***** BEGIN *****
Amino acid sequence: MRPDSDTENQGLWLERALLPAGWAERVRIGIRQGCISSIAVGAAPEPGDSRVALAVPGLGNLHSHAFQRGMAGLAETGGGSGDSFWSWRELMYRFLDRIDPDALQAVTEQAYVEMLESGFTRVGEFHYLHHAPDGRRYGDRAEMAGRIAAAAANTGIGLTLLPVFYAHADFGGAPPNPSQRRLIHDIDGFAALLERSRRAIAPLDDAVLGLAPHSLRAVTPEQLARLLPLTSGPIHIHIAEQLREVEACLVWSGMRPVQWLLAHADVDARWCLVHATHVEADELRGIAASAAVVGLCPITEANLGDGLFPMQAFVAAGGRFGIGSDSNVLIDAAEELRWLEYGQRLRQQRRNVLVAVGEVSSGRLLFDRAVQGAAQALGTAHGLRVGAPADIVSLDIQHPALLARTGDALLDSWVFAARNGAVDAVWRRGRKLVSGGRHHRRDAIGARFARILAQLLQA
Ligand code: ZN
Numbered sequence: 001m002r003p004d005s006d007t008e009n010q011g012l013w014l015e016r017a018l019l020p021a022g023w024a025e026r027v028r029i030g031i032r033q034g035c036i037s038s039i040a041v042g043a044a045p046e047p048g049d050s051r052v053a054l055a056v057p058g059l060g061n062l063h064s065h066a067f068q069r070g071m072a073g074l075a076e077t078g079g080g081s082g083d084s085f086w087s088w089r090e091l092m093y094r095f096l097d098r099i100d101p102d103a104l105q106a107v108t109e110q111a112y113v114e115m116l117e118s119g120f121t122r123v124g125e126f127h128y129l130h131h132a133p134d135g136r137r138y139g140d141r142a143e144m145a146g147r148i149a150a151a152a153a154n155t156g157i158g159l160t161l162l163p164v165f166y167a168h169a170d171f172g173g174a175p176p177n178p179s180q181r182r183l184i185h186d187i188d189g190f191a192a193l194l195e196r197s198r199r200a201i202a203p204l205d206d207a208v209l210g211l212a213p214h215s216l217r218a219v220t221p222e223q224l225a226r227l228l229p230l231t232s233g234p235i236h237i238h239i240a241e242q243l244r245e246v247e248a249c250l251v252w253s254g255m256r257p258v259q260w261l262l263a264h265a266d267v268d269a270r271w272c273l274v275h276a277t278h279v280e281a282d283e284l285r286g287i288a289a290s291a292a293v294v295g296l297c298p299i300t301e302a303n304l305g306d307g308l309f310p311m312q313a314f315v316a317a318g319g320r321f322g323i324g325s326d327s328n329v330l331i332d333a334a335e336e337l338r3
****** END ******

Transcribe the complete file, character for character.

Amino acid sequence: MRPDSDTENQGLWLERALLPAGWAERVRIGIRQGCISSIAVGAAPEPGDSRVALAVPGLGNLHSHAFQRGMAGLAETGGGSGDSFWSWRELMYRFLDRIDPDALQAVTEQAYVEMLESGFTRVGEFHYLHHAPDGRRYGDRAEMAGRIAAAAANTGIGLTLLPVFYAHADFGGAPPNPSQRRLIHDIDGFAALLERSRRAIAPLDDAVLGLAPHSLRAVTPEQLARLLPLTSGPIHIHIAEQLREVEACLVWSGMRPVQWLLAHADVDARWCLVHATHVEADELRGIAASAAVVGLCPITEANLGDGLFPMQAFVAAGGRFGIGSDSNVLIDAAEELRWLEYGQRLRQQRRNVLVAVGEVSSGRLLFDRAVQGAAQALGTAHGLRVGAPADIVSLDIQHPALLARTGDALLDSWVFAARNGAVDAVWRRGRKLVSGGRHHRRDAIGARFARILAQLLQA
Ligand code: ZN
Numbered sequence: 001m002r003p004d005s006d007t008e009n010q011g012l013w014l015e016r017a018l019l020p021a022g023w024a025e026r027v028r029i030g031i032r033q034g035c036i037s038s039i040a041v042g043a044a045p046e047p048g049d050s051r052v053a054l055a056v057p058g059l060g061n062l063h064s065h066a067f068q069r070g071m072a073g074l075a076e077t078g079g080g081s082g083d084s085f086w087s088w089r090e091l092m093y094r095f096l097d098r099i100d101p102d103a104l105q106a107v108t109e110q111a112y113v114e115m116l117e118s119g120f121t122r123v124g125e126f127h128y129l130h131h132a133p134d135g136r137r138y139g140d141r142a143e144m145a146g147r148i149a150a151a152a153a154n155t156g157i158g159l160t161l162l163p164v165f166y167a168h169a170d171f172g173g174a175p176p177n178p179s180q181r182r183l184i185h186d187i188d189g190f191a192a193l194l195e196r197s198r199r200a201i202a203p204l205d206d207a208v209l210g211l212a213p214h215s216l217r218a219v220t221p222e223q224l225a226r227l228l229p230l231t232s233g234p235i236h237i238h239i240a241e242q243l244r245e246v247e248a249c250l251v252w253s254g255m256r257p258v259q260w261l262l263a264h265a266d267v268d269a270r271w272c273l274v275h276a277t278h279v280e281a282d283e284l285r286g287i288a289a290s291a292a293v294v295g296l297c298p299i300t301e302a303n304l305g306d307g308l309f310p311m312q313a314f315v316a317a318g319g320r321f322g323i324g325s326d327s328n329v330l331i332d333a334a335e336e337l338r3